For five years, I hated my dining room. I have no idea why we even had a dining room, except that people said we “should” because “where would we eat if we had people over?”
Thing is, the room only fit 6 to 8 people, and we have frequent get togethers with a lot more than that. So, our dining room, which in no way whatsoever reflected our personal style, served as a clutter zone, where we threw all objects that didn’t have a place (and used as a serving table when people came over).
The brass light was the most epic clash against our eclectic personal style. It was a time warp in and of itself, transporting all who entered the room back to the 70’s – not far enough back in history to be cool again, but old enough that none of our friends had any recollection of the decade (since, if we did live any part of our lives in the 70’s, it was in diapers).
Finally exasperated, I had my husband pin the chain up when we decided to ditch the formal dining room. This way we could at least walk under the brass beast. In retrospect asking him was probably not my best decision, as he used ZIP TIES.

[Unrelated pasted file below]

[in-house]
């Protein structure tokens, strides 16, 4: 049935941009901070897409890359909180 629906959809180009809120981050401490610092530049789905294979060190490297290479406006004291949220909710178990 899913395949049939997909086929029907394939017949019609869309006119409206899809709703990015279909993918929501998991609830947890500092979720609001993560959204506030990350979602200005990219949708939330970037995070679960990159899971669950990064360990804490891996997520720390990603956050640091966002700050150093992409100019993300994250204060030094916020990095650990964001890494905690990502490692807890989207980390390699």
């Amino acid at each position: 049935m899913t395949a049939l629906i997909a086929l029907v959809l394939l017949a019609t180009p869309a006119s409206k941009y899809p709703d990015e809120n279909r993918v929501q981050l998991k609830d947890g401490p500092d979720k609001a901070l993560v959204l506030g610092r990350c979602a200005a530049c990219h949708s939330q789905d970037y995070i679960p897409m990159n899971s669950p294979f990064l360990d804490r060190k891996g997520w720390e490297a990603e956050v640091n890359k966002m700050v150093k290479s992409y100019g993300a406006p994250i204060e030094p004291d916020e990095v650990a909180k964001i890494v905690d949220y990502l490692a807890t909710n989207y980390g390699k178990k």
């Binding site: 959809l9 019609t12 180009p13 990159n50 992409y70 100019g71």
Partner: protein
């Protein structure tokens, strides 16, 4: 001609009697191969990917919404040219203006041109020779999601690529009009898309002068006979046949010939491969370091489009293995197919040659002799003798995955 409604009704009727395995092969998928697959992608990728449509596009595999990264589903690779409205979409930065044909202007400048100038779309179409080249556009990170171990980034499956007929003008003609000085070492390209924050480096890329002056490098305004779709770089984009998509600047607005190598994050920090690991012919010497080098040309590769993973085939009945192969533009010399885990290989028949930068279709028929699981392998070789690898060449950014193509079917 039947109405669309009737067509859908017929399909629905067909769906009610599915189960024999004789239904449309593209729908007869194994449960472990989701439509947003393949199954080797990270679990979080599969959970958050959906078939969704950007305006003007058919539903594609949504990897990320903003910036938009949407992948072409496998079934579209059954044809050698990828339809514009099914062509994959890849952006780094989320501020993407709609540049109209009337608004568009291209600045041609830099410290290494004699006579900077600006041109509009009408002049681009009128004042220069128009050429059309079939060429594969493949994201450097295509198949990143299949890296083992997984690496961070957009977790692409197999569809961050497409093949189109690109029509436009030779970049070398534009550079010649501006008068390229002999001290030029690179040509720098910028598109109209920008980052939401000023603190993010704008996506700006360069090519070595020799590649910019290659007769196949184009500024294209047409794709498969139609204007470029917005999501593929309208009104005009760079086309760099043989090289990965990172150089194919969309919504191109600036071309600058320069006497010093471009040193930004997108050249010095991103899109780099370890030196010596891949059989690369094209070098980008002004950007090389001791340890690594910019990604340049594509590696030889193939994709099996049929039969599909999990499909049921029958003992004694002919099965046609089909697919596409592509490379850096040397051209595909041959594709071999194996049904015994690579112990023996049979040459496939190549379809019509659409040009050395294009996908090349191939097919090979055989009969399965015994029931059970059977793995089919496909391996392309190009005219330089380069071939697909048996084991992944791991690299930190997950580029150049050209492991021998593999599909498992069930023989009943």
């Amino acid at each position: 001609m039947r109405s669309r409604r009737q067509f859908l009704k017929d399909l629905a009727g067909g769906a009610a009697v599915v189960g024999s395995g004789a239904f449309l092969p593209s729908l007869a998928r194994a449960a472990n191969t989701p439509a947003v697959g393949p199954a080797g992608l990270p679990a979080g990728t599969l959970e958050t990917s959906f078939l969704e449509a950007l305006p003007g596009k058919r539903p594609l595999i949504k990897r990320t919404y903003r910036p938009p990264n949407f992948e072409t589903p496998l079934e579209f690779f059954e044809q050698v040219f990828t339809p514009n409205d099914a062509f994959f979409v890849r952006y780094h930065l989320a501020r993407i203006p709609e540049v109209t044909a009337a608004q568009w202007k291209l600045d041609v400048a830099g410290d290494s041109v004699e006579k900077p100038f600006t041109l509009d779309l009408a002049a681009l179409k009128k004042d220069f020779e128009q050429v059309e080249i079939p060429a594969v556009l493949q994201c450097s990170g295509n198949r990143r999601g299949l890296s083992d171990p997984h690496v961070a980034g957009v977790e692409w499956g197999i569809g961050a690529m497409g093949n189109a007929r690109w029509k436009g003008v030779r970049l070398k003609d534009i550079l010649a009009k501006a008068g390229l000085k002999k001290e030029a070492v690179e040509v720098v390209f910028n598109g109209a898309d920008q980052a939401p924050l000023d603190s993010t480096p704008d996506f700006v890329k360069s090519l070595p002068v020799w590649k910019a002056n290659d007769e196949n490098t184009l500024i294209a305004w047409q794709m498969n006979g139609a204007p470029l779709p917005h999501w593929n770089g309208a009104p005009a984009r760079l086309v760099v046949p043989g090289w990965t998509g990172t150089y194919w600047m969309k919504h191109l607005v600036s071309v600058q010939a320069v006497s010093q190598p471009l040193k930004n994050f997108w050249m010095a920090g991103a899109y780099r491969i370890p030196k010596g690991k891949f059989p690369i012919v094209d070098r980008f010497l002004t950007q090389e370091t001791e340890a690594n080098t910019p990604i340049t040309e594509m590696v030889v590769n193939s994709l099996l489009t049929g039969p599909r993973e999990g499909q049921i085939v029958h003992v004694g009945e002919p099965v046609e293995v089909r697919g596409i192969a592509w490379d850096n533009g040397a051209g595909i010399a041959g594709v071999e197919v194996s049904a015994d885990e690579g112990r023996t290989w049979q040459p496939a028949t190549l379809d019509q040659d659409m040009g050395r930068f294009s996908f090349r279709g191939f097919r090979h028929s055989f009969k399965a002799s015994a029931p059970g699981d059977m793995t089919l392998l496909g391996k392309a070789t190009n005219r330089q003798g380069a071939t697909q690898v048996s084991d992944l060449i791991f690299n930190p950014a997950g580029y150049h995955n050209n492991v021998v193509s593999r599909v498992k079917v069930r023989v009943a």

One day, after a trip to my favorite Ace Hardware and I returned home with a can of Rust-o-leum Brilliant Blue spray paint… I convinced my husband to cut the extra chains (and hide the extra wires), and went to work hanging a spray chamber made of plastic drop cloths. No more zip ties – hooray!
I unscrewed the ugly fake flame lights from the chandelier and covered the candle holders with painter’s tape. I also covered the ceiling around the mounting plate with plastic.
It was time to spray!
My husband convinced me halfway through the project not to use the drop cloth chamber and just have him hold up the sheeting as a spray guard.
Ask me about the sticky blue layer of paint that was on every inch of our dining room the next morning. Or don’t.
Lesson learned, use the spray chamber next time.
The same funky light at a big box store would have cost me $200 plus an electrician’s fees to hang it (because I don’t mess with electrical stuff). I finished this whole project for under $20 (including the new bulbs!)